Special Reserve Police (SRP) officer, who was repeatedly denied an opportunity to join the T&T Police Service because of a tattoo on his arm, has sued the Commissioner of Police Gary Griffith and the State.
In a judicial review and constitutional claim filed earlier this week, lawyers representing Givon Quamina, of Claxton Bay, questioned the legality and constitutionality of the TTPS’s Body Art and Modification Policy, which was contained in a departmental order issued in July.
The policy precludes TTPS members from having tattoos on their head, face, neck, ears, scalp, or hand that would be visible with their uniforms on. While officers are allowed to have tattoos on hidden parts of their bodies, tattoos that a “reasonable person would conclude are prejudicial to good order, discipline and morale or are of a nature to bring discredit upon the TTPS” are prohibited.
According to the evidence in the case, Quamina, who has been an SRP since 2014, claimed that he attempted to join the TTPS on several occasions, including last year, and was denied based on a tattoo on his upper right arm, which depicts a dollar sign, a star and his name.
In the court filings, Quamina’s lawyers claimed the policy was unfair, unreasonable, irrational, disproportionate and uncertain.
“No reasonable Commissioner of Police could adopt such a strict and inflexible anti-tattoo policy that prohibits the display of body art on the head, face, neck, ears, scalp or hands without consideration for the nature, reason for, and symbolism of, the tattoo. The absolute ban is therefore illegal,” they argued.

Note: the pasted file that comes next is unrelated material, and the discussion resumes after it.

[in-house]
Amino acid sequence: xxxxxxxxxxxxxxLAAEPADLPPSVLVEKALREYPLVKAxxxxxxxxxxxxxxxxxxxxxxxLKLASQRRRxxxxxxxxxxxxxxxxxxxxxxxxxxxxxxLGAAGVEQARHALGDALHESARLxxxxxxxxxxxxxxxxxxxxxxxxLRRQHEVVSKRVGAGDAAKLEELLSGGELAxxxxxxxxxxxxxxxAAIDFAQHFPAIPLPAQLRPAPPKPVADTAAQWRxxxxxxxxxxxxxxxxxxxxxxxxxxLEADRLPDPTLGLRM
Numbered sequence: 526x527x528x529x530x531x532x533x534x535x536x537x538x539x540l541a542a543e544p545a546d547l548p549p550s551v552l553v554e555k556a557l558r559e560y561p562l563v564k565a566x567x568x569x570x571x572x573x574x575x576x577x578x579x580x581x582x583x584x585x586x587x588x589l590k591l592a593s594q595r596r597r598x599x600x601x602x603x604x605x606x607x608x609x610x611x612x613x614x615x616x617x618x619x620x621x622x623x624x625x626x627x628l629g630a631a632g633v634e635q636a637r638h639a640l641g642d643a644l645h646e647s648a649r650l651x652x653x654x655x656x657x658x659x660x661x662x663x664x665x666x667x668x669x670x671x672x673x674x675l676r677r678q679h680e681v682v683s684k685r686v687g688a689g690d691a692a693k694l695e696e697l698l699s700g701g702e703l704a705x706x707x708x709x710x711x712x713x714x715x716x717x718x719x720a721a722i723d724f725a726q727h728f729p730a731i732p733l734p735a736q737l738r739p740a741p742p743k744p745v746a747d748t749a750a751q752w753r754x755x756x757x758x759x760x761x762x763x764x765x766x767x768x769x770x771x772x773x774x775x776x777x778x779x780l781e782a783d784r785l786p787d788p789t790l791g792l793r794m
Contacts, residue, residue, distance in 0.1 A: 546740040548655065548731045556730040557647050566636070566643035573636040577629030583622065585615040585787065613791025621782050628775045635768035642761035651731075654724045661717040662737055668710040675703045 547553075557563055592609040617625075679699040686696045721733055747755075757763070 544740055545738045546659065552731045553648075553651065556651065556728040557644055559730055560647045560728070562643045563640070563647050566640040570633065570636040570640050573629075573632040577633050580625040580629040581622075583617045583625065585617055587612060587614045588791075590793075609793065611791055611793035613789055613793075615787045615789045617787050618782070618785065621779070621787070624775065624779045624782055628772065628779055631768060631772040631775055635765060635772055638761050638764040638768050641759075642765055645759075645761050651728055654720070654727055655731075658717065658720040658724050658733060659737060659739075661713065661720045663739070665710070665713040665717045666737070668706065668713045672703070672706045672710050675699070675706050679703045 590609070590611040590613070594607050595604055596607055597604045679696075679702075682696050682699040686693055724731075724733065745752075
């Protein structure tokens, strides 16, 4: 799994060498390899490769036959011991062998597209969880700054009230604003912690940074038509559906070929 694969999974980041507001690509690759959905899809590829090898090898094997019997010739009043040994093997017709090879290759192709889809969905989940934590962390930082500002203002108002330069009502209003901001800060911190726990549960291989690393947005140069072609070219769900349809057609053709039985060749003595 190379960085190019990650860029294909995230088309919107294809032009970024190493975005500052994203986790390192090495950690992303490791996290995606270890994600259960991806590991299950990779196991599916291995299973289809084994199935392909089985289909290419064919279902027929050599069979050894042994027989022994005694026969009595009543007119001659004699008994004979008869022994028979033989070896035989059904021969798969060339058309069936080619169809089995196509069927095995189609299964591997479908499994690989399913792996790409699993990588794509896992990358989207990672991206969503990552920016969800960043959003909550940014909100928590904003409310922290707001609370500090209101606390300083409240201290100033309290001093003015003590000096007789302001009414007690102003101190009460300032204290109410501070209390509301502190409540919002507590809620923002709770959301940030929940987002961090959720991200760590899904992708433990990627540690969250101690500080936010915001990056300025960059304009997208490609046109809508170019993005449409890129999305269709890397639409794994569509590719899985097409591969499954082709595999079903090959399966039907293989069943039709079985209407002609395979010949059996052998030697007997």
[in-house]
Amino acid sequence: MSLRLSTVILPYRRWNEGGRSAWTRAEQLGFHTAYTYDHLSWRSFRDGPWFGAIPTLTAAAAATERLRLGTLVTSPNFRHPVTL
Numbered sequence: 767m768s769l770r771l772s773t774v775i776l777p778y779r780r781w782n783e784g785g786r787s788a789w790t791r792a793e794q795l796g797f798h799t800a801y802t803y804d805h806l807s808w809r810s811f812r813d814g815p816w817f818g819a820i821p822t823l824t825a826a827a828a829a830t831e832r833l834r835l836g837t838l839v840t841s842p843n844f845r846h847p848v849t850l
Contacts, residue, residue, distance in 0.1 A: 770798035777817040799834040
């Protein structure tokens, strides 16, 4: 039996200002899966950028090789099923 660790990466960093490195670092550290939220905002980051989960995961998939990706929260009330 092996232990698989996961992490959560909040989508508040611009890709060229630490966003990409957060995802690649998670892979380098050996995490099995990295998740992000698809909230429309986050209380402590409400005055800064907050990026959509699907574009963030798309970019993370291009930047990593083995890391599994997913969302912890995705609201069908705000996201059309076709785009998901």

They also suggested that there was no correlation between having visible tattoos and not being able to uphold and reflect the organisation’s image and values.
“Indeed, it is illogical to assume that the absence of tattoos on the said body parts will inspire public confidence in the TTPS and maintain a professional image that is consistent with (a) the values of the organisation, (b) the code of conduct and the ethics of the TTPS and (c) the organisation’s vision and mission statement,” they said.
In the case, Quamina is also claiming that the policy breached his constitutional rights.
“The claimant is entitled, in the exercise of his liberty, to have a tattoo on his body. It is part of the right to freedom of thought and expression,” the lawyers said.
“Tattoos are no longer taboo and are now quite popular. They may have religious significance, reflect a particular belief, make a socio-political statement or be of sentimental value.”
They also pointed out that the policy was disproportionate, as Quamina had the tattoo before even being allowed to be an SRP and that he was never disciplined for it.
They also noted other officers were allowed to get tattoos after joining the service, including ASP Roger Alexander, who hosts the TTPS’s television show Beyond the Tape with visible tattoos on his arms.
Through the lawsuit, Quamina is seeking an order quashing the policy and a declaration that it does not preclude him from joining the TTPS. He is also seeking a declaration that his constitutional rights were infringed, as well as compensation for the salary increase he would have received if he was allowed to join the service in one of his numerous attempts.
Quamina is being represented by Anand Ramlogan, SC, Renuka Rambhajan, Jayanti Lutchmedial, Alvin Pariagsingh and Alana Rambaran.
A date for the first hearing of the lawsuit is yet to be set.